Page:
Well, Taizhong didn't only kill his nephews. He took over the concubines of his brothers too.

But strictly speaking, this was all Emperor Li's "family" affairs. As long as his rule was benign, why should the ordinary folks on the street bother about his "family" affairs?

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Ian_Lee

Hmmmm......Did anybody know what date 玄武門政變 happened?

June 4th (lunar calendar).

Moreover, the brothers that 李世民 killed were his blood brothers -- they had the same mother.

Even though 李世民 murdered his brothers, executed his nephews, took over the concubines-in-law, he was smart to keep his brother's outstanding retainers like 魏徵 and even assigned them high rank.

In terms of rthlessness, Cao Cao paled with Emperor Li (Li would have executed Mr. Sima a long time ago). But every Chinese thinks Cao was nuts while Li was sacrosanct! :twisted:

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bhchao

魏徵 was one of two outstanding prime ministers during the Tang dynasty. The other one was 狄仁傑. Both were honest and frank with their monarchs.

Although Wu Zetian was domineering towards many of her subjects, she deferred to 狄仁傑. He often confronted her when he felt that her actions and policies crossed lines of principle. There was one incident when she became angry with him because he disagreed with a policy she was proposing. He retaliated by banging his head onto one of the pillars in the hall, and told her that he was perfectly willing to keep banging his head until he killed himself. She begged him to stop and adopted his proposal instead.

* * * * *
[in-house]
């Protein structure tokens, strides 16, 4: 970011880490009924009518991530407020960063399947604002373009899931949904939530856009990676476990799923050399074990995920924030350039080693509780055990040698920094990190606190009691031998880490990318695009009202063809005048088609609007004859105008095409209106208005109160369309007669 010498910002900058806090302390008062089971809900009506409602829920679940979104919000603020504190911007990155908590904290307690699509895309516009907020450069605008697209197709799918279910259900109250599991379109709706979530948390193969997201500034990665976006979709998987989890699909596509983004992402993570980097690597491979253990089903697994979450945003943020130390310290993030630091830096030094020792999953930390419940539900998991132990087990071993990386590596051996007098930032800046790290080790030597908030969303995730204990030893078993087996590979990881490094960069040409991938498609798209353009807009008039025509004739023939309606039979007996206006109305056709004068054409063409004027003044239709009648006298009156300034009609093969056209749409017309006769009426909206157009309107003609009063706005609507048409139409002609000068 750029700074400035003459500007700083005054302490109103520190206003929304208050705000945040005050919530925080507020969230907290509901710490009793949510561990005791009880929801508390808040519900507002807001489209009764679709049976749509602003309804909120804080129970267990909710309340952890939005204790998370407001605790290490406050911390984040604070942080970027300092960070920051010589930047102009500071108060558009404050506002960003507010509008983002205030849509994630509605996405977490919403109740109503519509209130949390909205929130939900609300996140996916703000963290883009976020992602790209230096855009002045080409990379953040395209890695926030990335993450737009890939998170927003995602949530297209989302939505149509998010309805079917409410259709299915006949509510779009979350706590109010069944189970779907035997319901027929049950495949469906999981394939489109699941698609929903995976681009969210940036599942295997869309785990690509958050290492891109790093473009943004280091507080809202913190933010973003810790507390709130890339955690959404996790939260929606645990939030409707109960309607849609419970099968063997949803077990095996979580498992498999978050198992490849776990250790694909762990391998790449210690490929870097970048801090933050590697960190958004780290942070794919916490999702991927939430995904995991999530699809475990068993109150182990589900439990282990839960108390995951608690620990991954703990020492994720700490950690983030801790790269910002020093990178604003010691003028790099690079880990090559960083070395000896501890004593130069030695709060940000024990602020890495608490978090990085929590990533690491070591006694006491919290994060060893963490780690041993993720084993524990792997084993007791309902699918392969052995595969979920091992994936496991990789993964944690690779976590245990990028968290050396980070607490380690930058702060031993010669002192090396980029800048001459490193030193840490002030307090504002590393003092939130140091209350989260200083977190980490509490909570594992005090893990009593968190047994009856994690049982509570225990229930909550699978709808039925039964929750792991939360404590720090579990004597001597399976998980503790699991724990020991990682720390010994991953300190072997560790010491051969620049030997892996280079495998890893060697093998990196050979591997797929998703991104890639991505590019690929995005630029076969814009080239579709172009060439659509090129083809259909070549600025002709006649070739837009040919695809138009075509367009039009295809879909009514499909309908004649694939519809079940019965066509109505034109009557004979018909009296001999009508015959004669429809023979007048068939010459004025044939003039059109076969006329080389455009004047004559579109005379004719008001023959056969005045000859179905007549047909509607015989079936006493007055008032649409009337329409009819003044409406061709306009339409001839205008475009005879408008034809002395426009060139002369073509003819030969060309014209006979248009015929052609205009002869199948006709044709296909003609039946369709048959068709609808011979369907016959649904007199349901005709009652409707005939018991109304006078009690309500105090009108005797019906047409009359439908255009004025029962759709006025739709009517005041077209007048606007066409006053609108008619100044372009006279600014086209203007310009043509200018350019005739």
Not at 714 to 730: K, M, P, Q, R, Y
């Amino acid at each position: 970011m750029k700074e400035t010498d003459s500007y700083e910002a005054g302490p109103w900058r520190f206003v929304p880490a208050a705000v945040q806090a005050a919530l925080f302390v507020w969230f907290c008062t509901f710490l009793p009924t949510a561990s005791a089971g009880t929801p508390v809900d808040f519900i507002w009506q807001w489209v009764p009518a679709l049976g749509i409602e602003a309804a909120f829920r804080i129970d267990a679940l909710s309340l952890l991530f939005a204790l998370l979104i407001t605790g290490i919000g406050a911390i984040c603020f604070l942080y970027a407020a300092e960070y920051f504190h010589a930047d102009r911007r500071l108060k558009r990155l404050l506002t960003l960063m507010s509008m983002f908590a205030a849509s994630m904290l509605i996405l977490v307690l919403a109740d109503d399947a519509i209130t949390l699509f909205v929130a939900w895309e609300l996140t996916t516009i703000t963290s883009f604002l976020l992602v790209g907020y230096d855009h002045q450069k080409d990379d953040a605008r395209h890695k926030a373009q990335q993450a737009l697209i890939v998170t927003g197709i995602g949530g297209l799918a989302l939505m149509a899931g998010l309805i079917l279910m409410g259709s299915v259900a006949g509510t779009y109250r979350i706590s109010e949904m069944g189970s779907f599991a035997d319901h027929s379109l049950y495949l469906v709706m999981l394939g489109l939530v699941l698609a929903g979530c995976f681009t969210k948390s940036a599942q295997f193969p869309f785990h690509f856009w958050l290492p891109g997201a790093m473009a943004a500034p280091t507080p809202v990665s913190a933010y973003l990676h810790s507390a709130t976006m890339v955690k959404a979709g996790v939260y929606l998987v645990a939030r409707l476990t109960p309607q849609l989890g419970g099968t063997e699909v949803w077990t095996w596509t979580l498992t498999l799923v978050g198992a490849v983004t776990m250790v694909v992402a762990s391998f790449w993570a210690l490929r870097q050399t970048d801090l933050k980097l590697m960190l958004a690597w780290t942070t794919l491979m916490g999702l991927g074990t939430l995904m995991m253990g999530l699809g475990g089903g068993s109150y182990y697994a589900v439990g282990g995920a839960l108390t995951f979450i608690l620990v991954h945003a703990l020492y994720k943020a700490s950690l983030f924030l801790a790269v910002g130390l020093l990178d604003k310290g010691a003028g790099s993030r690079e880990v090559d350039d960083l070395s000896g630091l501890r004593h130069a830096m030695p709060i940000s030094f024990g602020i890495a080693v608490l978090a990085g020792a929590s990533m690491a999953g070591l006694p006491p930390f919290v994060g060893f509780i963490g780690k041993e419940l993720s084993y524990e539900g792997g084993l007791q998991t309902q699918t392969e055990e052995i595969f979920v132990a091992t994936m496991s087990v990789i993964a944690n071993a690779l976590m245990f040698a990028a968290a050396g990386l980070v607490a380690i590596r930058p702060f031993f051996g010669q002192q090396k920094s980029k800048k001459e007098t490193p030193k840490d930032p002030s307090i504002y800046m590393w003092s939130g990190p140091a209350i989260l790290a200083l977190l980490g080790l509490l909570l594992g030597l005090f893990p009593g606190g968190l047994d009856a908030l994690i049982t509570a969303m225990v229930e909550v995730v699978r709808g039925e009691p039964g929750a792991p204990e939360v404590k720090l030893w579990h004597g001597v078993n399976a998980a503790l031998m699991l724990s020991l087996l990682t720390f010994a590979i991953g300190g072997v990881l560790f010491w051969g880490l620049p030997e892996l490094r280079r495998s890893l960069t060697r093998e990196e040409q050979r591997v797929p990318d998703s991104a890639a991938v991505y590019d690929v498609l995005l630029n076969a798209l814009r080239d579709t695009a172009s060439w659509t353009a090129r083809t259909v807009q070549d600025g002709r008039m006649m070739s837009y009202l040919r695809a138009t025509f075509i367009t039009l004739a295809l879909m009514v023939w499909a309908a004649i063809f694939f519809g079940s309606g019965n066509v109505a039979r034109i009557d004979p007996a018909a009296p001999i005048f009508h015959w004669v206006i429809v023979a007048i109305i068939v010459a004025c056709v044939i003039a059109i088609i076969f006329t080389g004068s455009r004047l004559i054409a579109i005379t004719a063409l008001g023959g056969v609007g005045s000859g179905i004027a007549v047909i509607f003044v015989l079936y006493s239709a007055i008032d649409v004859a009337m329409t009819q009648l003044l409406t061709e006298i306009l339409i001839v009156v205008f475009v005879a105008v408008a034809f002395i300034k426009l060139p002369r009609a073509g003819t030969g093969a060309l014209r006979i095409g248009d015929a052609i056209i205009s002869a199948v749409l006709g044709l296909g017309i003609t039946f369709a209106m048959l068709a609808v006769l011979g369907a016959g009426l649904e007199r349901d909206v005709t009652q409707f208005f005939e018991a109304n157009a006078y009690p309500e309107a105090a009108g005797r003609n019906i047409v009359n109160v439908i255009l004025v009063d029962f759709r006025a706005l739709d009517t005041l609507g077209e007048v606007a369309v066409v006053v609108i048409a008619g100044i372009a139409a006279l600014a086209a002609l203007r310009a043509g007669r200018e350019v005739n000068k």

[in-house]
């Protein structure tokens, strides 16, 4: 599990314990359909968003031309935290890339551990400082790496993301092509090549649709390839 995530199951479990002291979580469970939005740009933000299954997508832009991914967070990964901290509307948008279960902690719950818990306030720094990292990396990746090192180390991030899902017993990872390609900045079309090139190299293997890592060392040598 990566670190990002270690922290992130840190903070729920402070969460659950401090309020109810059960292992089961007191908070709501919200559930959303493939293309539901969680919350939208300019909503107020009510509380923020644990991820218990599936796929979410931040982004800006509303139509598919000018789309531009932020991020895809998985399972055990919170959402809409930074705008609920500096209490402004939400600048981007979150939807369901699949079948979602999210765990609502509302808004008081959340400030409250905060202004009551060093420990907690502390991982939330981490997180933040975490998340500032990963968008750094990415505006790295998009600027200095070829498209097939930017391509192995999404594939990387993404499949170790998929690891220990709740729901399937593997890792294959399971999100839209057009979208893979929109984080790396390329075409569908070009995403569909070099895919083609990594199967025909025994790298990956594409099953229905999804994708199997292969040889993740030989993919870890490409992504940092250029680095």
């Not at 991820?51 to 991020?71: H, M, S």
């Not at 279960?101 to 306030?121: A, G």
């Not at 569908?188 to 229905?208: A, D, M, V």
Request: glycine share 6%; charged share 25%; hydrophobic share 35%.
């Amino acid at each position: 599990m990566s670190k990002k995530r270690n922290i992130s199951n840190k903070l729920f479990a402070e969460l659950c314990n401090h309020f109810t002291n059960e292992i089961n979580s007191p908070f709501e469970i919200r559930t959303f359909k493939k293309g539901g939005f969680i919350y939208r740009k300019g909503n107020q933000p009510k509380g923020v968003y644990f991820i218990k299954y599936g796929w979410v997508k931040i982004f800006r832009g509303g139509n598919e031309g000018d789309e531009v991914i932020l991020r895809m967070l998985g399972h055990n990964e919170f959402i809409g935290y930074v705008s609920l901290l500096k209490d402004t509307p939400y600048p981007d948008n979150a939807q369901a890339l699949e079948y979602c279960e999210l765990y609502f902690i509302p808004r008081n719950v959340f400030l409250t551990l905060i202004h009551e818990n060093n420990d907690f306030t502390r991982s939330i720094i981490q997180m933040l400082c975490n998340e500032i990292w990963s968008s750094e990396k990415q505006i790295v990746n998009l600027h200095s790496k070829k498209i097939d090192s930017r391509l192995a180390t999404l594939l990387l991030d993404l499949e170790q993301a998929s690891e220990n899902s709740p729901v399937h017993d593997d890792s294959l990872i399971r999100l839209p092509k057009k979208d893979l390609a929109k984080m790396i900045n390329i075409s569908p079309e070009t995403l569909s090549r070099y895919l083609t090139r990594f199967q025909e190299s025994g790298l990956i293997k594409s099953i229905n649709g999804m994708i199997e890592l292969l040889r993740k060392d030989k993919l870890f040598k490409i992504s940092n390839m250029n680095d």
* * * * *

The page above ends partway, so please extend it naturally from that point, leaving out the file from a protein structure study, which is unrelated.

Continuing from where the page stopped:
They had an admirable working relationship based on mutual respect, similar to the relationship between Queen Elizabeth I and William Cecil.

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holyman

`westernized` cos they had costumes, music, dances, camels, grapes, red wine, melons, pi pa, gems and jewery all from the west. they had buddhism, islam and probably christians missionaries in xi an. this capital city with more than a million population had at least 120k foreigners, mostly from the `west`. but this `west` is not the west we knew now. the west we know now were probably still in the dark ages at that time.

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bhchao

Did anyone notice the similarities between Empress Wu and Bill Clinton?

Both were known for their personal scandals in office. While Empress Wu was having dalliances with younger men in the palace in the late 7th century, Clinton was doing his share of scandals in the Oval Office 1300 years later.

Despite both individuals' personal intrigues, the economy under both prospered and surpluses kept pouring into government coffers. Ironically the economic and fiscal conditions of both countries deteriorated under their successors.

At least the 開元 period of Xuanzong was prosperous, while his later 天寶saw a decline in conditions.